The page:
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Prescription Drug Abuse On The Rise

I want to take the opportunity in this “Message From the Sheriff” to discuss a serious and deadly problem, which sometimes can tend to be dismissed as a not so serious threat.

 Prescription drug abuse is America’s fastest growing drug problem, especially among young people.

 Several years ago, our region saw an increase in Oxycontin related drug abuse and subsequent deaths and we are now starting to see a similar trend with a powerful synthetic opiate called Fentanyl.  This is a prescription only drug that some publications report to be 100 times more potent than morphine. 

 The Fentanyl patch is intended to gradually release medication into the body during the course of several days, but some who abuse the drug have been found to chew the patch, inject its content with a hypodermic needle and even smoke the patches contents.

 I mention these methods to make you all aware of the various ways it can be abused.  These are in addition to its intended method of application which is adhering the patch to your body, typically your chest, back or upper arms.

 My intent on writing about this topic is to encourage everyone, especially parents, to begin a discussion with your kids, grandkids, nieces and nephews of the dangers – deadly dangers – associated with prescription drug abuse.

 When someone dies from a drug overdose, it may be easy to say, well, they shouldn’t have taken drugs.  I won’t disagree. They shouldn’t have.  And those who illegally distribute drugs will have to face the consequences of their actions.

 But, I also think we need to recognize it as a chance to educate our young people of the hazards associated with taking someone else’s prescription medications. 

 Because when we experience a death of this nature, it is not only the family that suffers that loss.  It’s also friends, schoolmates, teachers and our society in general that looses.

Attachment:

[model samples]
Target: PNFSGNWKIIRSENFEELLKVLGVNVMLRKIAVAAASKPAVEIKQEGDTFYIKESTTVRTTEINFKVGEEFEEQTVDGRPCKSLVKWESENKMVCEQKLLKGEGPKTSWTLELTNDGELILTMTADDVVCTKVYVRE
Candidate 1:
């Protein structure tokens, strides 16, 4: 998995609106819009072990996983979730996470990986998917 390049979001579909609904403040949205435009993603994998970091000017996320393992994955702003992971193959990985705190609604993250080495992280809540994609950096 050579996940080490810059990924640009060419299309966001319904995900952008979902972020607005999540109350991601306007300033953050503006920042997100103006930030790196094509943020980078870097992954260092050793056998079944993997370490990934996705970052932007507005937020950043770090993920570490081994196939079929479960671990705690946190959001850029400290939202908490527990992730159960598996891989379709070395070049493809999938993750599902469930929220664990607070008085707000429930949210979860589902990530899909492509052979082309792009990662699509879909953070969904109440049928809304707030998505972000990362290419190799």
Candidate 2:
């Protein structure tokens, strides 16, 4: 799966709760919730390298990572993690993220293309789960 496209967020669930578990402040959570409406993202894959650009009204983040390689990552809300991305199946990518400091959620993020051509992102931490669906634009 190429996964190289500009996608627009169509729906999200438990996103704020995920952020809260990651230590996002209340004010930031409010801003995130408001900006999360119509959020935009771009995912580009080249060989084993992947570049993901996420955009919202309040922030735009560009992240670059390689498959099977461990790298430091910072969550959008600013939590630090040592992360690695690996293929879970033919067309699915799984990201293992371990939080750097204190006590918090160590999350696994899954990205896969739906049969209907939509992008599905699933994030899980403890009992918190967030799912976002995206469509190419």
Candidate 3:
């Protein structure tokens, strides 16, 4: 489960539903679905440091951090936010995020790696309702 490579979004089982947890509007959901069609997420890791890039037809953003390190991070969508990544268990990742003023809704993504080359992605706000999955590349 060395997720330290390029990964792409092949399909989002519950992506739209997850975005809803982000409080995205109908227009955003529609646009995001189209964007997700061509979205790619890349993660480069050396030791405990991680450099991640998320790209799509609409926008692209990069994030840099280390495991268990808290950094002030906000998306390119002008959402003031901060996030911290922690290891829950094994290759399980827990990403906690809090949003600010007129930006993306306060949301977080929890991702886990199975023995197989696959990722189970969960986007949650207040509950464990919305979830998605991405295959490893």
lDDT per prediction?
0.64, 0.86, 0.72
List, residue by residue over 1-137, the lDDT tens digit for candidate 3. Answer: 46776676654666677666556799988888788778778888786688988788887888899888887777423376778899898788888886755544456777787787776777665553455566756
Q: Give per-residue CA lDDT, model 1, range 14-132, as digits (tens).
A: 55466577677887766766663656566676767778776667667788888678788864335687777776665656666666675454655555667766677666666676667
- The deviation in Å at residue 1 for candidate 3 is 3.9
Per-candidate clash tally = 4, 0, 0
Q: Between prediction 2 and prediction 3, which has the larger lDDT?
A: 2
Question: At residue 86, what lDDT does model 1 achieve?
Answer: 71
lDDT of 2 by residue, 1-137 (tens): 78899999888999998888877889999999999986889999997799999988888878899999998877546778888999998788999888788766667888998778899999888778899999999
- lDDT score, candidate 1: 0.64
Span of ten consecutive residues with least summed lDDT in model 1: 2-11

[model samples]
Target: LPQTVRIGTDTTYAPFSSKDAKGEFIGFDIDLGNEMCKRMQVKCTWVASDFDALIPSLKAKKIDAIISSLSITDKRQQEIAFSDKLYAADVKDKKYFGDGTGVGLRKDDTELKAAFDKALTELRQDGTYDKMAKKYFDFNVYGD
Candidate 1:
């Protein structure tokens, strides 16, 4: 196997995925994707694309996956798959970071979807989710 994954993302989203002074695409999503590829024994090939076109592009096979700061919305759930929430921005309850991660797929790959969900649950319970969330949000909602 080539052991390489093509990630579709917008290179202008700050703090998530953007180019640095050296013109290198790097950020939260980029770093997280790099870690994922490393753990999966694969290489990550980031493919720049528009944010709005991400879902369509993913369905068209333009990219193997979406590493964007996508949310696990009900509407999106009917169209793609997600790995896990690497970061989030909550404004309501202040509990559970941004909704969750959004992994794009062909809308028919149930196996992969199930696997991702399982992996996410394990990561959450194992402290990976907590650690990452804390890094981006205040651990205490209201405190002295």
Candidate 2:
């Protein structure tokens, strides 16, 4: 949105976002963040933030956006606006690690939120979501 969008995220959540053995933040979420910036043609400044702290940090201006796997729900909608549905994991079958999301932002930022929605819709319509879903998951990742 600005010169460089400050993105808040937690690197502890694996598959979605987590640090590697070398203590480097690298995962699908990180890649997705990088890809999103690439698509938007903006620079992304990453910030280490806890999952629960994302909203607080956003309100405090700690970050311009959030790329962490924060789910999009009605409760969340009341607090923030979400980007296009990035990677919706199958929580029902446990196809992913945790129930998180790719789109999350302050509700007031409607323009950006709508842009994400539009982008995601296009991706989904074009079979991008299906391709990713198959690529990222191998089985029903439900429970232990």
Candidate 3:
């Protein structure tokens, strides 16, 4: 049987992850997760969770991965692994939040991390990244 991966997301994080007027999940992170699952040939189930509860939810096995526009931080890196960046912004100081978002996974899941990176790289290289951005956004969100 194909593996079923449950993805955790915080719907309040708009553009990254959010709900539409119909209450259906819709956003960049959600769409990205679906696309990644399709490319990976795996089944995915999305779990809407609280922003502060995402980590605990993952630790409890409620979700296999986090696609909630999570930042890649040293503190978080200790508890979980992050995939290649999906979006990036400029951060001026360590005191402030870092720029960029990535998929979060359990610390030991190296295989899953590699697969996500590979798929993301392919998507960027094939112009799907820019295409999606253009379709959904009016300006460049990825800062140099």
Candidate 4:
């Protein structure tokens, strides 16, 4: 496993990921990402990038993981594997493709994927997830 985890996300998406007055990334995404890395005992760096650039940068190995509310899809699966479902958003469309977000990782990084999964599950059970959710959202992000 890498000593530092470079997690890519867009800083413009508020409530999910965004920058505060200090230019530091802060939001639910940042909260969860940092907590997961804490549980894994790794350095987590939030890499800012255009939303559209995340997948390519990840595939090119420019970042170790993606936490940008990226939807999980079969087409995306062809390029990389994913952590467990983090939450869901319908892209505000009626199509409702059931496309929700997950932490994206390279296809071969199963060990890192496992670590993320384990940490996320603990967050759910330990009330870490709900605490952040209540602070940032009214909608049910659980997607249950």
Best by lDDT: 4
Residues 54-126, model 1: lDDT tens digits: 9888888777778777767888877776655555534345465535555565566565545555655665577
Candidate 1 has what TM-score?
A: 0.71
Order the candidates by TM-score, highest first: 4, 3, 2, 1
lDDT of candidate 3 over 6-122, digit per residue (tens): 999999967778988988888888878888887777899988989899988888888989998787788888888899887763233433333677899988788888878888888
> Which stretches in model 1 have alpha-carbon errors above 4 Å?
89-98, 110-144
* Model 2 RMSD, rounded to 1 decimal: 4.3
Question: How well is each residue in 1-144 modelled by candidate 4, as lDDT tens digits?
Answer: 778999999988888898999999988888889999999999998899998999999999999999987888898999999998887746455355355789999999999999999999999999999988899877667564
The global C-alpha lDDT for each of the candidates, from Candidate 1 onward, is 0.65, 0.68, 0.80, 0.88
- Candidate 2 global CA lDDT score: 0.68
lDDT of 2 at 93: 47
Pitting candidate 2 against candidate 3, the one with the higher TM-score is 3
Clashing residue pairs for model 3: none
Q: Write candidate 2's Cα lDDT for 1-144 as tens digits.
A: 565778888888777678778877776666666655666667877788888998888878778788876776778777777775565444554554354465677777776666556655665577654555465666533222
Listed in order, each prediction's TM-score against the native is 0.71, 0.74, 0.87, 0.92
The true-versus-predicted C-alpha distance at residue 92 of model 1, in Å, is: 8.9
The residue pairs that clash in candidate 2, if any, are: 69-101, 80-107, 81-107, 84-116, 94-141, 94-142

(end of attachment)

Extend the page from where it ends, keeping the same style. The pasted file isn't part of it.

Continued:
And while law enforcement has a responsibility to investigate those who possess and sell drugs, we all have a responsibility - as a community – to help educate our young people and do what we can to make sure they are safe.

 Often times it’s thought that since a particular drug came from a doctor it’s not dangerous.  We know that’s not true. Doctors consider a whole host of factors when determining what medication to prescribe, and that should be reason enough for us not to take someone else’s prescription drugs.

 One way to help ensure that prescription medications don’t fall into the wrong hands is to properly dispose of expired / unused / unwanted medications.

 The Cherokee County Sheriff’s Office has participated in the National Drug Take Back Day Events for the past couple of years, collecting and properly disposing of several hundred pounds of prescription drugs. 

 Our next event will be held on Saturday, September 29, 2012, and we will provide additional information as the event date comes closer.

You can find more information on drug abuse at www.dea.gov .  On the left side of the page, under Drug Prevention, there is a tab “for parents.”

As always, please feel free to contact me, or my office, if we can be of assistance.

 

Best Regards,

Sheriff David Groves

 

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